Mobile Virtual Network Operator (MVNO) is a GSM phenomenon where an operator or company which does not own a licenced sprectrum and generally with out own networking infrastructure. Instead MVNOs resell wireless services under their brand name, using regular telecom operator's network with which they have a business arrangements. Usually they they buy minutes of use from the licenced telecom operator and then resell minutes of usage to their customers of MVNO. Currently MVNOs are emerging in fast pace in European markets and beginning in USA also. Slowly MVNO phenomenon catching up in Asia and other parts of the world also.
An example for MVNO is Virgin Mobile. Virgin Mobile plc is a mobile phone service provider operating in the UK, Australia and Canada, and the US. The company was the world's first Mobile Virtual Network Operator, launched in the UK in 1999. It does not maintain its own network, and instead has contracts to use the existing network(s) of other providers. In the UK, Virgin Mobile uses the T-Mobile network. In the US, the Sprint network is the carrier. In Australia, Virgin Mobile operates on the Optus network. In Canada, it uses the Bell Mobility network. These networks use different technology (GSM in the UK and Australia and CDMA in the US and Canada).
Usually MVNO's do not have their own infrastructure, some providers are actually deploying their own Mobile Switching Centers (MSC) and even Service Control Points (SCP) in some cases. Some MVNO's deploy their own mobile Intelligent Network (IN) infrastructure in order to facilitate the means to offer value-added services. In this way, MNVO's can treat incumbent infrastructure such as radio equipment as a commodity, while the MVNO offers its own advanced and differentiated services based on exploitation of their own IN infrastructure. The goal of offering value-added services is to differentiate versus the incumbent mobile operator, allowing for customer acquisition and preventing the MVNO from needing to compete on the basis of price alone.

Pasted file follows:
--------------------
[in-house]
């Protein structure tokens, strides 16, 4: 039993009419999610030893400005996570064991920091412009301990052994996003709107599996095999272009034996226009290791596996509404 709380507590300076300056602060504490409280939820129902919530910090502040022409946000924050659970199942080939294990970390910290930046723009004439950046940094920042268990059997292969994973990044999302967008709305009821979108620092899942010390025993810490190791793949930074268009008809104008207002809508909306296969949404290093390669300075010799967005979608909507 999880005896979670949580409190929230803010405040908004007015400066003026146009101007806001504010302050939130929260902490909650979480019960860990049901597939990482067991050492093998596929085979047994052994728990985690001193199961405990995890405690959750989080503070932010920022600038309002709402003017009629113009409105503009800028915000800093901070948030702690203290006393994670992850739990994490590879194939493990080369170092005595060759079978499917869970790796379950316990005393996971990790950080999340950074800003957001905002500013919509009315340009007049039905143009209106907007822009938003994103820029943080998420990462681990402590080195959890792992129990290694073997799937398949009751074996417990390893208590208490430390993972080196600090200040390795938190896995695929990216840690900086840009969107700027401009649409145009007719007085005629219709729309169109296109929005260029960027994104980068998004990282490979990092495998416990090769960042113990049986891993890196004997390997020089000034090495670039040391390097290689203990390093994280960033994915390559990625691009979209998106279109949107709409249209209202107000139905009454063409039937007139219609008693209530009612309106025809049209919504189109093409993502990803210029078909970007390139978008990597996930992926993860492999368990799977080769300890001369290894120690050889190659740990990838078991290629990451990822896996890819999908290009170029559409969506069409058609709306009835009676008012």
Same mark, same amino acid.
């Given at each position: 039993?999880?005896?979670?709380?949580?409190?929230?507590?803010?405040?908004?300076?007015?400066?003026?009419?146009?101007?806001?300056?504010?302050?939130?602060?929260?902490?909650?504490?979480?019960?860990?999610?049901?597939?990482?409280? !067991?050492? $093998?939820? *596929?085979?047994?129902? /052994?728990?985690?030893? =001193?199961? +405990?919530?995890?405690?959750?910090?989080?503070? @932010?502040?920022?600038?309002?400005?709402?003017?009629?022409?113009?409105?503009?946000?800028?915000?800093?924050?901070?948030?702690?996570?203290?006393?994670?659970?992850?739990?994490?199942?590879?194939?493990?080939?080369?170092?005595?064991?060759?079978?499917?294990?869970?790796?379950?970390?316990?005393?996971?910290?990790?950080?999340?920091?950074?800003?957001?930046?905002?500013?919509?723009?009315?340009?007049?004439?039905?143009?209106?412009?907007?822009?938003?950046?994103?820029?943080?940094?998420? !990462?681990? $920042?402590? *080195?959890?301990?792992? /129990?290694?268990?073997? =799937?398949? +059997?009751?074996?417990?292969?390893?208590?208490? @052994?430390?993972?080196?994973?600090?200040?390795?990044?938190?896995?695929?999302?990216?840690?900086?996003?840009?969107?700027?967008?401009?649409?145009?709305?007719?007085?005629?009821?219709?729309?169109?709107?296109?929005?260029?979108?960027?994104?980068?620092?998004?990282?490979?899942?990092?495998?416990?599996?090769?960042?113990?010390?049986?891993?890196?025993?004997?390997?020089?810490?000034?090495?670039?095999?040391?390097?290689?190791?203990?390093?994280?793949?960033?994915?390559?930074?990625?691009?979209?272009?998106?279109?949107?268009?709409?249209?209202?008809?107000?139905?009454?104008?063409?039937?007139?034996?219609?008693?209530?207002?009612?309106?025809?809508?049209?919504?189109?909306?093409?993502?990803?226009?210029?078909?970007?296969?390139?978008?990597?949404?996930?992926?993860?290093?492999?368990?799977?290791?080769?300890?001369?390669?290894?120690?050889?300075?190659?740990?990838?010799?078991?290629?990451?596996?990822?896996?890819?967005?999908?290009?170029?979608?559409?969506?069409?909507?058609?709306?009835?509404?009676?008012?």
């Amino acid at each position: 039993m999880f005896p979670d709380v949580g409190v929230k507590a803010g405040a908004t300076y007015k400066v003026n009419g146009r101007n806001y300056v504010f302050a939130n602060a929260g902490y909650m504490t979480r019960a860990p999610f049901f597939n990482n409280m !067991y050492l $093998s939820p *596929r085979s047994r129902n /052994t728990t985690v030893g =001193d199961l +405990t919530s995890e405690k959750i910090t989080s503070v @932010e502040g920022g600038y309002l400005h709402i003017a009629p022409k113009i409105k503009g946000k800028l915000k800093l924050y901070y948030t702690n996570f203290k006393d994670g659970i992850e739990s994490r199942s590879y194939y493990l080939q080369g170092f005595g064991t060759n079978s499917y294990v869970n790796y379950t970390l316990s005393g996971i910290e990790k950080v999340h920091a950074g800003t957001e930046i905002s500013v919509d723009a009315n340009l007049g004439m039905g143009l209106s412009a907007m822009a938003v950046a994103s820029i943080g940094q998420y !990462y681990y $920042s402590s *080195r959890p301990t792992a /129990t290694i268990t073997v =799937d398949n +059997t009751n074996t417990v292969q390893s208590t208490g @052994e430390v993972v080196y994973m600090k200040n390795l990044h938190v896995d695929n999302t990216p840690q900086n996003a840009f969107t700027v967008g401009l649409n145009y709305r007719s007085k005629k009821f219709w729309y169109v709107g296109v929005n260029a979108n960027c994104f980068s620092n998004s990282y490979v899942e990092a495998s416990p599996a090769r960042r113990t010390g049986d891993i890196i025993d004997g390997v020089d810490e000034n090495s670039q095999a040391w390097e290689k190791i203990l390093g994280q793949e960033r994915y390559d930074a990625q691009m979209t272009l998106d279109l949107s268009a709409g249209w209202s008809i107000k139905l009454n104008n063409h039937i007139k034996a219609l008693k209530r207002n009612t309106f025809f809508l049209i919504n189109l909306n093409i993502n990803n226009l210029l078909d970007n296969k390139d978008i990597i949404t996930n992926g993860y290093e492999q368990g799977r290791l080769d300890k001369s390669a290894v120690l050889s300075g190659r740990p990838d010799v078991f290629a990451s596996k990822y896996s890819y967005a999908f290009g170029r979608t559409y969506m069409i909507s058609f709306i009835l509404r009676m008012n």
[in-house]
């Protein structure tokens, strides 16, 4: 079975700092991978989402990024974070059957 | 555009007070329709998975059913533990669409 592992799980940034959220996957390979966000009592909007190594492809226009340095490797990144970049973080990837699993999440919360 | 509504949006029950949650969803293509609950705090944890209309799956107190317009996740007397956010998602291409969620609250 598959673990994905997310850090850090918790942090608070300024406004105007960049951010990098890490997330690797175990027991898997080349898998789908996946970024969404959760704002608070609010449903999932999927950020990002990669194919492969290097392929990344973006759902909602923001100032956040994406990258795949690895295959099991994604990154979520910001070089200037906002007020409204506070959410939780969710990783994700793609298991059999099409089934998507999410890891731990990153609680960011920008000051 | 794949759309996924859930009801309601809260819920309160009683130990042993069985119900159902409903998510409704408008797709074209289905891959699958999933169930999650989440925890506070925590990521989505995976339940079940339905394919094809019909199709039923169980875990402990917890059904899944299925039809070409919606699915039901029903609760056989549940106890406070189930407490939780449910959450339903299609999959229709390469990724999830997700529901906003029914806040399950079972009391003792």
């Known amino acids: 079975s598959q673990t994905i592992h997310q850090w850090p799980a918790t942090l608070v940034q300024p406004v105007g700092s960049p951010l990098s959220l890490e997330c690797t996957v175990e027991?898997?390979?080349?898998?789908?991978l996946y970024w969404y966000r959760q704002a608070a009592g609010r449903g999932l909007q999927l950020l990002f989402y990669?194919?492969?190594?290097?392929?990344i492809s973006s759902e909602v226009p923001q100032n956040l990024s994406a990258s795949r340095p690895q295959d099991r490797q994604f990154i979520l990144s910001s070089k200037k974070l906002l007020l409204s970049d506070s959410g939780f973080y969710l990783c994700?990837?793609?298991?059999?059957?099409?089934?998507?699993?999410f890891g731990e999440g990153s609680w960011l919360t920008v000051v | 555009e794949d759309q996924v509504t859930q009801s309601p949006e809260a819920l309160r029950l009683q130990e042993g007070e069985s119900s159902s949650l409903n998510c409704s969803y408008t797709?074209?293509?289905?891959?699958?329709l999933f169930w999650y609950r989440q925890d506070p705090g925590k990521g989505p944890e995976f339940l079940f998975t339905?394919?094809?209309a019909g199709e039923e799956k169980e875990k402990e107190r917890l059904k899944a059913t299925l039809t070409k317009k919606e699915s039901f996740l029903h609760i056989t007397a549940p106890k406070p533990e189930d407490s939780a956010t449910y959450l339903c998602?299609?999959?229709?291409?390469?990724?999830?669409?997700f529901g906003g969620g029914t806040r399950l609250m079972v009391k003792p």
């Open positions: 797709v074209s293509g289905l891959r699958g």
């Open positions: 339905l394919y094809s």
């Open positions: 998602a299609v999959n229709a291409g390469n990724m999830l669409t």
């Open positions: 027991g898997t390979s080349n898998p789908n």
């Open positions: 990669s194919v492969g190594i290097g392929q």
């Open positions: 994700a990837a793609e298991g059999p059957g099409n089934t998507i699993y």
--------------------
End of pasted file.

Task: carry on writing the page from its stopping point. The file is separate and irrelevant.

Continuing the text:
MVNO's have full control over the SIM card, branding, marketing, billing, and customer care operations. While sometimes offering operational support systems (OSS) and business support systems (BSS) to support the MVNO, the incumbent mobile operators most keep their own OSS/BSS processes and procedures separate and distinct from those of the MVNO.
Characteristics of an MVNO:
MVNOs are new breed of wireless network operators who may not own the wireless spectrum, or wireless infrastructure (also termed pipe, in colloquial terms) but give a virtual appearance of owning a wireless network. These operators lease the pipe or wireless capacity from traditional operators and then repackage it for a specific vertical industry application.
Main added value that MVNO provides is billing and customer care functions. In that sense MVNOs own the customers.
MVNOs generally provide both voice and data services to end users through a paid up subscription agreement.
To become an MVNO, one should cobble together a partnership that consists of a connectivity of a regular telco, a customer base, and a sales channel. Most important, they need unique and compelling data services.
For now MVNO services have been limited, but analysts from EMC Research have predicted that as wireless services grow, so will the availability of niche MVNO applications. For instance, in the future a cell phone user may be able to subscribe to a network operator plus multiple MVNOs for specific data services over the same phone. One MVNO could provide sports news, another weather and traffic and still another could provide instant messaging capabilities.
MVNO's might also offer voluntary MVPN services based on the IPSec or Mobile IP VPN client to their customers, which allows to terminate the IPSec connection at a VPN gateway or HA in the MVNO data center and also supporting multiple access technologies.
In this way, each MVNO and
the network operator could focus on their own niche markets and form
customized detailed services that would expand their customer reach and
So far MVNOs have not been regulated in any country. The ITU has received several requests to study the issue, specifically to provide input on whether government intervention is necessary to allow MVNOs to offer services and applications at a lower price to consumers. This would help to ensure a more efficient use of the spectrum but some incumbent providers argue that the market is already competitive and intervention is not necessary.
MVNO Resources :
Wikipedia - MVNO